What accounts for unrefreshing sleep?

Image of Dr Simon Kyle
By Dr Simon Kyle

Often we think of reductions in total sleep time and fragmented sleep as the major contributors to feeling unrefreshed the next day. While this is true (and has been shown extensively in controlled studies) it is possible to have normal total sleep time but for alterations to the composition and distribution of certain stages of sleep to affect how we feel and function. For example, a recent study found that 'knocking-out' deep- or slow-wave sleep (by using sound to shift the brain into lighter phases of sleep) impairs the ability to form new memories the next day and leads to increased lapses during attention tasks. It has also been shown that micro-changes in the scalp-recorded Electroencephalography (EEG) (the main measure of objective sleep) can be associated with poor sleep quality, without there necessarily being any clear reductions in total sleep time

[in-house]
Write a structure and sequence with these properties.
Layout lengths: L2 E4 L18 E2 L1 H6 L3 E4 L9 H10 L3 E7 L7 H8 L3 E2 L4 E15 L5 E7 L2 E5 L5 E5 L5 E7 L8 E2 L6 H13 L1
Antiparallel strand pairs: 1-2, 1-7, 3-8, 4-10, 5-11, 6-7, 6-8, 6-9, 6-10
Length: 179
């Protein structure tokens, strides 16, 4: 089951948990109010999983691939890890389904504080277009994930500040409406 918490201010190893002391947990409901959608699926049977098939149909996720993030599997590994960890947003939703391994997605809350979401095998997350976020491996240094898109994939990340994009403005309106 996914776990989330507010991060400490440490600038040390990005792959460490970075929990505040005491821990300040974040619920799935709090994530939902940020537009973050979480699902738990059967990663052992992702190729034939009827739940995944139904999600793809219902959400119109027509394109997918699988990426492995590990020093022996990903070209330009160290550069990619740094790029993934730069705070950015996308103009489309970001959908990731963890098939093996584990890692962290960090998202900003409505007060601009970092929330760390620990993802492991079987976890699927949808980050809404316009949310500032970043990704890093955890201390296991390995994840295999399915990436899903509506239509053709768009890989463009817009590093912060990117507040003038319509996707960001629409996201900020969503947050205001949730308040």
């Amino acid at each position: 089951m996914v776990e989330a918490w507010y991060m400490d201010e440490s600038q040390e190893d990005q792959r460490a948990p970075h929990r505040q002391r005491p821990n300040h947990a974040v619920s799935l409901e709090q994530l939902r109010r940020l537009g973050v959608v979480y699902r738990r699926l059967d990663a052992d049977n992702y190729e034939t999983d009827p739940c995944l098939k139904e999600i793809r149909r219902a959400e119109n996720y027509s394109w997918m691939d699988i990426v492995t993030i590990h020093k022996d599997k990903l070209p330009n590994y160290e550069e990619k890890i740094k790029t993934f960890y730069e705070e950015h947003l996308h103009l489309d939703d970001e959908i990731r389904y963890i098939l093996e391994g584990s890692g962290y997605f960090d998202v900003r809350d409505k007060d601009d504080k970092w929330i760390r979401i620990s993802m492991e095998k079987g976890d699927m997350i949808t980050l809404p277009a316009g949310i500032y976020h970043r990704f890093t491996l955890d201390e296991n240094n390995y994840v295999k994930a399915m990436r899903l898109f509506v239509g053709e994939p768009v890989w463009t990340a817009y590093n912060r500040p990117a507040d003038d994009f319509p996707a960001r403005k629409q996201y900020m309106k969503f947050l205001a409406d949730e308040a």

So in short, the quality as well as quantity of our sleep is what matters – and it's why a reliable schedule is a critical part of being a healthy sleeper.

See this article for more information on getting a good night's sleep

Filed under: Sleep science